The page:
The Costa Concordia has been pulled upright off the Italian
island of Giglio, in a tense salvage operation that revealed
the damage to a once gleaming cruise liner that had lain on
its side for 20 months after capsizing, killing 32 people.
Brown mud covered what had been the submerged side of the
ship, now gashed and crumpled under the vessel's own weight,
a stark contrast to the pristine floating hotel which was
carrying more than 4,000 holidaymakers and crew when it
struck the rocks on January 13, 2012.
The capsized cruise liner Costa Concordia was raised in a
19-hour operation. REUTERS/Tony Gentile
Italian Prime Minister Enrico Letta said the operation
had "helped our country turn the corner and renew its public
image, which in the case of the shipwreck was one of a country
that dodged its responsibilities."
In a 19-hour operation that ended at 4am, the 114,500-ton
ship was hauled up by huge jacks and cables and lowered onto
underwater platforms drilled into the sea bed.
As it settled into position on a special "mattress", salvage
master Nick Sloane sent a message to his teams announcing
that the operation had succeeded.
"You could hear the guys were really chuffed all over, they
were blowing their horns, jumping up and down," he told a
news conference, fighting back tears as he recalled the
A South African, leading the operation for the US-Italian
consortium Titan-Micoperi, Sloane said the project was one of
the most challenging he had ever worked on.
The "parbuckling" technique had never been tried on so large
a ship in such a tricky position, with the added risk of an
environmental disaster in the azure Tuscan waters.
Sloane said the most critical moment had been when the ship
began to detach from the rock shelf as engineers applied more
than 6,000 tonnes of pressure through the jacks and cables.
"At the start, when we got to 6,000 tonnes and she had not
moved, people were getting nervous because that was getting
into the high side of assumptions," he said.
The successful salvage was a contrast to the accident, a
catalogue of mishap and misjudgement over which Concordia's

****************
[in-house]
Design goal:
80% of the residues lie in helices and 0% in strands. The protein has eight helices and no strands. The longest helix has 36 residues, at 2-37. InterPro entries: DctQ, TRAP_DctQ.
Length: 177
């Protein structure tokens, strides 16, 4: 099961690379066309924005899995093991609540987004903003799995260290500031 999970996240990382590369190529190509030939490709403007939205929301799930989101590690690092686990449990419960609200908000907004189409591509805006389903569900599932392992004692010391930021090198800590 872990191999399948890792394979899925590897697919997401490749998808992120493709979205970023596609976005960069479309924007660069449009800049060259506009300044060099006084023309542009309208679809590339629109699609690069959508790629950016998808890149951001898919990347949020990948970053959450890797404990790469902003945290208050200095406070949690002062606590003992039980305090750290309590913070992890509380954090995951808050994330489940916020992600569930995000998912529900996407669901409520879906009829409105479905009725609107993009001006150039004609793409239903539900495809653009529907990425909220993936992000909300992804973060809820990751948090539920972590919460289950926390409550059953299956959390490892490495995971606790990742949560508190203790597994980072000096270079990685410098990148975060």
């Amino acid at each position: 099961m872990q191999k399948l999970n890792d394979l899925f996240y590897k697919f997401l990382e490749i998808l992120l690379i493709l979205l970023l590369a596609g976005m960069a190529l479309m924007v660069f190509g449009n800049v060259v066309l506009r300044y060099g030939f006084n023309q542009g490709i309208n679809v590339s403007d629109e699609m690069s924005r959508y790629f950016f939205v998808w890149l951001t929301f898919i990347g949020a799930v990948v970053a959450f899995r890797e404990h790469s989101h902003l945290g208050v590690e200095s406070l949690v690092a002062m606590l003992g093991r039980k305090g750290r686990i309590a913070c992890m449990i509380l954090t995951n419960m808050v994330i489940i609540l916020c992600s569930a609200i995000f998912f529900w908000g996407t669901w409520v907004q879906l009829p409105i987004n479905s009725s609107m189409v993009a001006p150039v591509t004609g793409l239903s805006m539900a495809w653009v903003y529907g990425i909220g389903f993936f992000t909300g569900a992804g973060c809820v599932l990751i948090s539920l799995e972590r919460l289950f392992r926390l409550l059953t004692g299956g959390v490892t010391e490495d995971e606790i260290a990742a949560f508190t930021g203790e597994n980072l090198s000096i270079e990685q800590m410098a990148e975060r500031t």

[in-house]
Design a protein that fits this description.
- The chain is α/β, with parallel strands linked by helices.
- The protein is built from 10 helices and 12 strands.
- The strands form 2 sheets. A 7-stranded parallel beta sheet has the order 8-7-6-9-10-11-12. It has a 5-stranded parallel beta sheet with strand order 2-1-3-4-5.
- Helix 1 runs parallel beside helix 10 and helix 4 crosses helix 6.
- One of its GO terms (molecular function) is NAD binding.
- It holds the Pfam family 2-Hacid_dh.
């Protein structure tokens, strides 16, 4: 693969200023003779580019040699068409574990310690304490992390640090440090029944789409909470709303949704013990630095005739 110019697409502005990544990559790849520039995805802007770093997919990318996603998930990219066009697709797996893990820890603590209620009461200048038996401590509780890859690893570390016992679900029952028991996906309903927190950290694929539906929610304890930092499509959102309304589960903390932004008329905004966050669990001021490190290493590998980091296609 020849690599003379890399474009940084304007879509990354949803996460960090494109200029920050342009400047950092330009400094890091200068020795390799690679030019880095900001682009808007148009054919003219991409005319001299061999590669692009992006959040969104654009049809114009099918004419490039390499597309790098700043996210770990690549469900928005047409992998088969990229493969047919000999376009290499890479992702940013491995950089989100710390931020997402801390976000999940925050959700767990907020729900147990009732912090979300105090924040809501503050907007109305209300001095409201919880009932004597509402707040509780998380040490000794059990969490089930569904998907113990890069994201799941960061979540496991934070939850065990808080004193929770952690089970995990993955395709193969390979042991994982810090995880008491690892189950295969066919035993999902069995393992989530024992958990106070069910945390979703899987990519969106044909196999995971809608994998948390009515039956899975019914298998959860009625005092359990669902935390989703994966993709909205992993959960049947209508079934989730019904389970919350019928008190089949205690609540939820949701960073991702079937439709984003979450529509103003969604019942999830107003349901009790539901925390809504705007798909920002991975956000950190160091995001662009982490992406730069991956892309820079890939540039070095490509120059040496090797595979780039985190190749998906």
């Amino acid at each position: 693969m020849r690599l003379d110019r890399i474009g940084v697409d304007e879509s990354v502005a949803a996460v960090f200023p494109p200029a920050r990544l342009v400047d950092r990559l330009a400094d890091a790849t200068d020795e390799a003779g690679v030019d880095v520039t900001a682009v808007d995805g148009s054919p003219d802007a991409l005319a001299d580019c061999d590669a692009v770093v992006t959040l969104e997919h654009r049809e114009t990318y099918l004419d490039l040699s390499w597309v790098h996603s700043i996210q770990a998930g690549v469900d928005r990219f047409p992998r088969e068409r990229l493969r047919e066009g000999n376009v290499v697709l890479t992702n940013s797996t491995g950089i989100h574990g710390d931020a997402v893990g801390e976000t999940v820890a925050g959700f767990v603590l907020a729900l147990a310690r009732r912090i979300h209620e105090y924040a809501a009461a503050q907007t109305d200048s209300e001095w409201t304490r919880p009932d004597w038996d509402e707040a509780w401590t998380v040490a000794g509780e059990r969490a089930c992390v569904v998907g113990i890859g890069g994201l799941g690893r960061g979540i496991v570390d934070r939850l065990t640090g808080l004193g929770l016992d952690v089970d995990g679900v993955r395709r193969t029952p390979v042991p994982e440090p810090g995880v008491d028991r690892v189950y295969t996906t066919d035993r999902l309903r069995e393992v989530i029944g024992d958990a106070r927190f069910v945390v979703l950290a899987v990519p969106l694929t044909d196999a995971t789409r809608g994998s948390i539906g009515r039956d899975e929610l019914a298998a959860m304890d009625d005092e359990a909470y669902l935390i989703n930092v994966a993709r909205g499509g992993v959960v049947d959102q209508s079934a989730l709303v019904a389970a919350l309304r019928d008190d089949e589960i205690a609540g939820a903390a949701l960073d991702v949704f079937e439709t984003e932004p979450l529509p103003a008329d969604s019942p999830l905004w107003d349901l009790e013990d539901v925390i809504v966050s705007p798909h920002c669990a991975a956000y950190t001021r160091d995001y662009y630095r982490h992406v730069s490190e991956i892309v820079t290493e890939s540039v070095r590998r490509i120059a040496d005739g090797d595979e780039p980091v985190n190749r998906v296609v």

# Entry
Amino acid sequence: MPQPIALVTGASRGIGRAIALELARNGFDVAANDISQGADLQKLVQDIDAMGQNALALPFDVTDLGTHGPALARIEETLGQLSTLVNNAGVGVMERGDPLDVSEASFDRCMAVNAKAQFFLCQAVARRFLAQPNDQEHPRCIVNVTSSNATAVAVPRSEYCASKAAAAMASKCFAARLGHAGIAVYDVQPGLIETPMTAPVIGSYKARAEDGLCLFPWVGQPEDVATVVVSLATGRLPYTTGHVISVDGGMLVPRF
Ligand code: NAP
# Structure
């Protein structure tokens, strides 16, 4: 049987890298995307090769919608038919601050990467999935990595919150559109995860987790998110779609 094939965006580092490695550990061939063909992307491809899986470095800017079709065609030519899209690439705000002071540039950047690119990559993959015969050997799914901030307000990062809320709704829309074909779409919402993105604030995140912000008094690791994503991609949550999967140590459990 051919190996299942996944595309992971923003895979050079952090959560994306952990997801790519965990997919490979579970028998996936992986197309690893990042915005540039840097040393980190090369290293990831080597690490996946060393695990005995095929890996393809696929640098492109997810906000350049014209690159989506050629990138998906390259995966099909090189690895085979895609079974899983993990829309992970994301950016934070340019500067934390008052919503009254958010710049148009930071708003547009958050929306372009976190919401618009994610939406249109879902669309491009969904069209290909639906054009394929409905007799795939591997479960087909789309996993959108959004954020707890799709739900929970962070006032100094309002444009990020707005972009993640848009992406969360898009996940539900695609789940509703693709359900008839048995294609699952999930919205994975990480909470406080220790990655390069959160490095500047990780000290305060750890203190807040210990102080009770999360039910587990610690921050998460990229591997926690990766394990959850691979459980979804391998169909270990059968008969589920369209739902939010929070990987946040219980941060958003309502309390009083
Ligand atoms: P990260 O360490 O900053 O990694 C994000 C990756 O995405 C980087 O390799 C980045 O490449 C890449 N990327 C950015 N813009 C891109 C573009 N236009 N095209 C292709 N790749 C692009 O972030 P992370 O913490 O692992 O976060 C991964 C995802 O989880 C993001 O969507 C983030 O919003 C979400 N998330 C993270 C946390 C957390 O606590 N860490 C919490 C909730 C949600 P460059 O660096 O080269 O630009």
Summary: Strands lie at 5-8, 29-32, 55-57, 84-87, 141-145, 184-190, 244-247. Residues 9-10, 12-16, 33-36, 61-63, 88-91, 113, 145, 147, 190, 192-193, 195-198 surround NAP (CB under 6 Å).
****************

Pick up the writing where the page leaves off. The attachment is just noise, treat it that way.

captain, Francesco Schettino, faces multiple criminal charges
Schettino, accused of causing the accident and abandoning
ship, was widely seen as a symbol of all that was wrong with
Italy, unsure of itself after years of recession and
At a news conference in Rome alongside Franco Gabrielli, the
official in overall charge, Prime Minister Letta said: "We
demonstrated to the world and to the country that Italian
public officials can assume onerous responsibilities."
Gabrielli said Italian engineering played a key part in the
operation. "Today our country can resume the position and
role which it needs to have," he told reporters.
After a three hour delay due to an overnight storm on Monday,
the parbuckling operation took much longer than the 10-12
hours estimated but engineers said it had gone smoothly.
"It was a perfect operation, I would say," said Franco
Porcellacchia, leader of Costa Cruise's technical team.
The Concordia salvage is expected to be the most expensive
maritime wreck recovery ever, with costs that exceed 600
million euros ($800 million) and account for more than half
of an overall insurance loss of more than $1.1 billion.
In a painstaking day of work on Monday, the Concordia was
slowly pulled up by cables until it was high enough for
ballast tanks welded to one side to start to weigh it down
Oil booms surrounded the vessel to intercept waste water and
oil trapped in the ship, and officials said there appeared to
have been no significant environmental damage.
The work will not be complete until the vessel is towed away
from the island, probably by next spring but Sloane expressed
confidence for the next phases.
"The weather is the main thing, if you have good weather and
you have a good plan, then you just have to follow the plan."